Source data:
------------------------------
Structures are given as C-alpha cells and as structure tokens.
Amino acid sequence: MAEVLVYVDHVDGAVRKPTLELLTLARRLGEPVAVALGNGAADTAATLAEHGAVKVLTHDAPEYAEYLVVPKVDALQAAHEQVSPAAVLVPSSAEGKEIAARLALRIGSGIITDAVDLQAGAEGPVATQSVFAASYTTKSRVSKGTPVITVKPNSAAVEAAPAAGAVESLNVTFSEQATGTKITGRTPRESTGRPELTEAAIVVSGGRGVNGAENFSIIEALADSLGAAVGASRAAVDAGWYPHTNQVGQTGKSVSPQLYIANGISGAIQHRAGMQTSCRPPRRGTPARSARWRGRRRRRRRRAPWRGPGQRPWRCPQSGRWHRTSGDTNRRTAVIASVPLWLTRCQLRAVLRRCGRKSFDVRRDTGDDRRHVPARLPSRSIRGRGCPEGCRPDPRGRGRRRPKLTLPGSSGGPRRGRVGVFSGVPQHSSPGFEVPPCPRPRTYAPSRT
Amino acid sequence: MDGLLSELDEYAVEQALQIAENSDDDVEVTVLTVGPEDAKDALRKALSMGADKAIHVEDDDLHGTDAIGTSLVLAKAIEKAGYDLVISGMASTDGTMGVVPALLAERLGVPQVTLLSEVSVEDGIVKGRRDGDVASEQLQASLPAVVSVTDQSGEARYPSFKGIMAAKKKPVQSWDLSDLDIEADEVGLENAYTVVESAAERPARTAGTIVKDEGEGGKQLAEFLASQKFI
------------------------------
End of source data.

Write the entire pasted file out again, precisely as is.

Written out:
Structures are given as C-alpha cells and as structure tokens.
Amino acid sequence: MAEVLVYVDHVDGAVRKPTLELLTLARRLGEPVAVALGNGAADTAATLAEHGAVKVLTHDAPEYAEYLVVPKVDALQAAHEQVSPAAVLVPSSAEGKEIAARLALRIGSGIITDAVDLQAGAEGPVATQSVFAASYTTKSRVSKGTPVITVKPNSAAVEAAPAAGAVESLNVTFSEQATGTKITGRTPRESTGRPELTEAAIVVSGGRGVNGAENFSIIEALADSLGAAVGASRAAVDAGWYPHTNQVGQTGKSVSPQLYIANGISGAIQHRAGMQTSCRPPRRGTPARSARWRGRRRRRRRRAPWRGPGQRPWRCPQSGRWHRTSGDTNRRTAVIASVPLWLTRCQLRAVLRRCGRKSFDVRRDTGDDRRHVPARLPSRSIRGRGCPEGCRPDPRGRGRRRPKLTLPGSSGGPRRGRVGVFSGVPQHSSPGFEVPPCPRPRTYAPSRT
Amino acid sequence: MDGLLSELDEYAVEQALQIAENSDDDVEVTVLTVGPEDAKDALRKALSMGADKAIHVEDDDLHGTDAIGTSLVLAKAIEKAGYDLVISGMASTDGTMGVVPALLAERLGVPQVTLLSEVSVEDGIVKGRRDGDVASEQLQASLPAVVSVTDQSGEARYPSFKGIMAAKKKPVQSWDLSDLDIEADEVGLENAYTVVESAAERPARTAGTIVKDEGEGGKQLAEFLASQKFI